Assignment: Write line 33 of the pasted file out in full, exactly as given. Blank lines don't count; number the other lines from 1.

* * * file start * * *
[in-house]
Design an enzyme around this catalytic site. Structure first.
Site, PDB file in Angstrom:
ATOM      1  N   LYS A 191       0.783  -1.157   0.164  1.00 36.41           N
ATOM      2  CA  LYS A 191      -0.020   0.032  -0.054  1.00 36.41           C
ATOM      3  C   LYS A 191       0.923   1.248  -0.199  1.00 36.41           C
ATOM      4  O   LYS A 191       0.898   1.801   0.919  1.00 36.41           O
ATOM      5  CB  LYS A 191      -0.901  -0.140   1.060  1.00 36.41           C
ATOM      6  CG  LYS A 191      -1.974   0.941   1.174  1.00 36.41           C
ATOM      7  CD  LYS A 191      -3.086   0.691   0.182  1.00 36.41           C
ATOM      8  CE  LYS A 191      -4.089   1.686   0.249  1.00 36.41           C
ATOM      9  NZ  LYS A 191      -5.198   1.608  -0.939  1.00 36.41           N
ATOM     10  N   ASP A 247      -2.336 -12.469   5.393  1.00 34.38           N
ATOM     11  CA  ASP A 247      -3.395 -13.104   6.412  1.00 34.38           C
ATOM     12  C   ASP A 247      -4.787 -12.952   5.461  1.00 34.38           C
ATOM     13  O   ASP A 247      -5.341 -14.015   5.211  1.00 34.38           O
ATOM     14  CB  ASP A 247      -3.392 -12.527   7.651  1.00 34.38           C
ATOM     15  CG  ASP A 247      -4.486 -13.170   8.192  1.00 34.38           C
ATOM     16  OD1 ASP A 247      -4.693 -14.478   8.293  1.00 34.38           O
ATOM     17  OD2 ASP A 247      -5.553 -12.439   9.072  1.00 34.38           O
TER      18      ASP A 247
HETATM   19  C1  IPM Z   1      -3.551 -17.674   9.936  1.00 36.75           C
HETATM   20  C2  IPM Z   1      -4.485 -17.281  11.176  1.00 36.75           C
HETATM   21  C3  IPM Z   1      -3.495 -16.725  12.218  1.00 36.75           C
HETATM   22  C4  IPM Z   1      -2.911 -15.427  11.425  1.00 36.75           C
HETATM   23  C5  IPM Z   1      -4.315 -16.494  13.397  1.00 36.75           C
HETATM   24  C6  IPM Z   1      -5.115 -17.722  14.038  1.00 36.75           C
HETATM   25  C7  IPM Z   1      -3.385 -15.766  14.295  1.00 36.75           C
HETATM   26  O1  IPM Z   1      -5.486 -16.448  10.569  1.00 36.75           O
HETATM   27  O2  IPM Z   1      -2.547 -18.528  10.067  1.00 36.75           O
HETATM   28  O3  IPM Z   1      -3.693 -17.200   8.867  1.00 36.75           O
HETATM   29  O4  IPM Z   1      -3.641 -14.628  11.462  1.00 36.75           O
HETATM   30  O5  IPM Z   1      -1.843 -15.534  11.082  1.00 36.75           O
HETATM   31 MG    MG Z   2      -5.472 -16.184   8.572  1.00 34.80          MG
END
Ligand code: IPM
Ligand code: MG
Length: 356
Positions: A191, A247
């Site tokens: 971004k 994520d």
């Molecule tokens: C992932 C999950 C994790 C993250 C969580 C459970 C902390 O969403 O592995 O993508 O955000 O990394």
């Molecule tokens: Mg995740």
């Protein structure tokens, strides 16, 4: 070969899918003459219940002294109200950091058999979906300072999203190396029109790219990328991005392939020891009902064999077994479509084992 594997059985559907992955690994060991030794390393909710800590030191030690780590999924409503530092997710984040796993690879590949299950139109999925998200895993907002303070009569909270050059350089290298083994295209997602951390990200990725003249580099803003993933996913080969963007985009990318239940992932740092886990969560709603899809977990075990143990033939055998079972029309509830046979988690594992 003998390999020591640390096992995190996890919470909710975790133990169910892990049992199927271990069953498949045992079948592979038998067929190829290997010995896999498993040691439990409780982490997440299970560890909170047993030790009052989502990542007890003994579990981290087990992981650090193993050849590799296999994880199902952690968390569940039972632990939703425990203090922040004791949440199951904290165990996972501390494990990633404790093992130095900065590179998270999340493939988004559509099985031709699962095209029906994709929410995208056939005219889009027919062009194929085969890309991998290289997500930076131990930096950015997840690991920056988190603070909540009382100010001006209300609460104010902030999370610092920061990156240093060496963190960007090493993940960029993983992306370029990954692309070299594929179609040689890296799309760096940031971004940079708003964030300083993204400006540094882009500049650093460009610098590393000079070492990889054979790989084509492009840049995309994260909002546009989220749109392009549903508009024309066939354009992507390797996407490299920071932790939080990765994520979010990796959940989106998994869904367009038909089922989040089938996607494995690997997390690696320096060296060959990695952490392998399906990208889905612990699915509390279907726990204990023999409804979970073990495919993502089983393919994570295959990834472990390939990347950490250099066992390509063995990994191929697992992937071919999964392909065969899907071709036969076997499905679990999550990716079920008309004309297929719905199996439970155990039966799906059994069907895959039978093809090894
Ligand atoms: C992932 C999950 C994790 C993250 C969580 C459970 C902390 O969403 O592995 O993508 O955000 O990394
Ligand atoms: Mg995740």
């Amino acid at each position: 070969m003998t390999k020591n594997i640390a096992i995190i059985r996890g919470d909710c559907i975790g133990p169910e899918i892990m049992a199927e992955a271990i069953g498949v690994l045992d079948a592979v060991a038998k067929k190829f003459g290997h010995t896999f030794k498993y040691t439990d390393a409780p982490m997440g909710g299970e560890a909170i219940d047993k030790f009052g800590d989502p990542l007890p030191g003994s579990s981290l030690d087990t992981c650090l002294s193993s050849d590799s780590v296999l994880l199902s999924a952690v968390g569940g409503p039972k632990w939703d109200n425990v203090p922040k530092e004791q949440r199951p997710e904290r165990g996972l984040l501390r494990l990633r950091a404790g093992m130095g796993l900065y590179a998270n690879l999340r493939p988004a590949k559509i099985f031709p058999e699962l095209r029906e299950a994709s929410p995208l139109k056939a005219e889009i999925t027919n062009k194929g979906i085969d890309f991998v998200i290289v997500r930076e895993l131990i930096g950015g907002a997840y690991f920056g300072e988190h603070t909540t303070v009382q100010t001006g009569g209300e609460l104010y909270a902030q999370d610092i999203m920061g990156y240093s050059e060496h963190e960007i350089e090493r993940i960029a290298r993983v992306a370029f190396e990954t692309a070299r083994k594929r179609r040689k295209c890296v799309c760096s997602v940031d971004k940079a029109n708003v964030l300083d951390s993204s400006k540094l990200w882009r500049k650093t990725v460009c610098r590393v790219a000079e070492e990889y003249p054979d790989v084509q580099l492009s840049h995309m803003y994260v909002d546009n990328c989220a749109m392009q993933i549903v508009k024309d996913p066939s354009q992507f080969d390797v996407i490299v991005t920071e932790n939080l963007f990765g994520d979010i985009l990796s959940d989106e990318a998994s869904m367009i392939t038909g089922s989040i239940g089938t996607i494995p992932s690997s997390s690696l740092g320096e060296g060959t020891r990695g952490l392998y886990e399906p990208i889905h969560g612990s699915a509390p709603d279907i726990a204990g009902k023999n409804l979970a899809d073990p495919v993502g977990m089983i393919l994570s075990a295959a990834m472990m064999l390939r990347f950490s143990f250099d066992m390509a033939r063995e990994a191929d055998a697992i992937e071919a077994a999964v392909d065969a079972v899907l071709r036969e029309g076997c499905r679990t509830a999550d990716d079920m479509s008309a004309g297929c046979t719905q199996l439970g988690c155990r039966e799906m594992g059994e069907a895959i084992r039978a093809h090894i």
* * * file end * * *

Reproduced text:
HETATM   30  O5  IPM Z   1      -1.843 -15.534  11.082  1.00 36.75           O